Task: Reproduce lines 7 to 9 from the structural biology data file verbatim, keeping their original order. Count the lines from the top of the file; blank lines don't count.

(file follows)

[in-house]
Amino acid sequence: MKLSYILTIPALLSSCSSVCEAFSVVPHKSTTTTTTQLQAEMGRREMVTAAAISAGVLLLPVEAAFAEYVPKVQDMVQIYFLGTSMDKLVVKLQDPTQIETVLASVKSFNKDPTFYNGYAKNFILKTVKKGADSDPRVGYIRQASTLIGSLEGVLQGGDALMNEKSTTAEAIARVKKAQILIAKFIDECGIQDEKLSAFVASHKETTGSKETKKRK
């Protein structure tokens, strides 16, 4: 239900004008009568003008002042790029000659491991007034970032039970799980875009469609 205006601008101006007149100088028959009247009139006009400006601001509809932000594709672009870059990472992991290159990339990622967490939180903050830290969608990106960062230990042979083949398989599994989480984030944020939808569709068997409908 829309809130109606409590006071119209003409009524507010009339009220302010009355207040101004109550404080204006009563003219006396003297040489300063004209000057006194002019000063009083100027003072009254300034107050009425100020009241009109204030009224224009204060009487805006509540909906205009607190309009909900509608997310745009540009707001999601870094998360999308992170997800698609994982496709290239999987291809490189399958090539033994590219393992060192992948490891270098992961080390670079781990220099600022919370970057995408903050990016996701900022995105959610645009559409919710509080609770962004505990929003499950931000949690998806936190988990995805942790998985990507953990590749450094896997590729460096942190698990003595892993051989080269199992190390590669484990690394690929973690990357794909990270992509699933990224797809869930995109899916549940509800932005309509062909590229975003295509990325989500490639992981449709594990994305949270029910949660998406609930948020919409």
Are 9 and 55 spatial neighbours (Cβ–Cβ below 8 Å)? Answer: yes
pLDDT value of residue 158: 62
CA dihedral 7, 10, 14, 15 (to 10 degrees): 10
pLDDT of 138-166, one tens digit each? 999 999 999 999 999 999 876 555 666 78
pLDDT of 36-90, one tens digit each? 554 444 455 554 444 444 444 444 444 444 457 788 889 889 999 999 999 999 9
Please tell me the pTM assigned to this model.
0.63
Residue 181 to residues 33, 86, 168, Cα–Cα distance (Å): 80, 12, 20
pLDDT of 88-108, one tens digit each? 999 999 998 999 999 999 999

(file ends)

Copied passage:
pLDDT of 138-166, one tens digit each? 999 999 999 999 999 999 876 555 666 78
pLDDT of 36-90, one tens digit each? 554 444 455 554 444 444 444 444 444 444 457 788 889 889 999 999 999 999 9
Please tell me the pTM assigned to this model.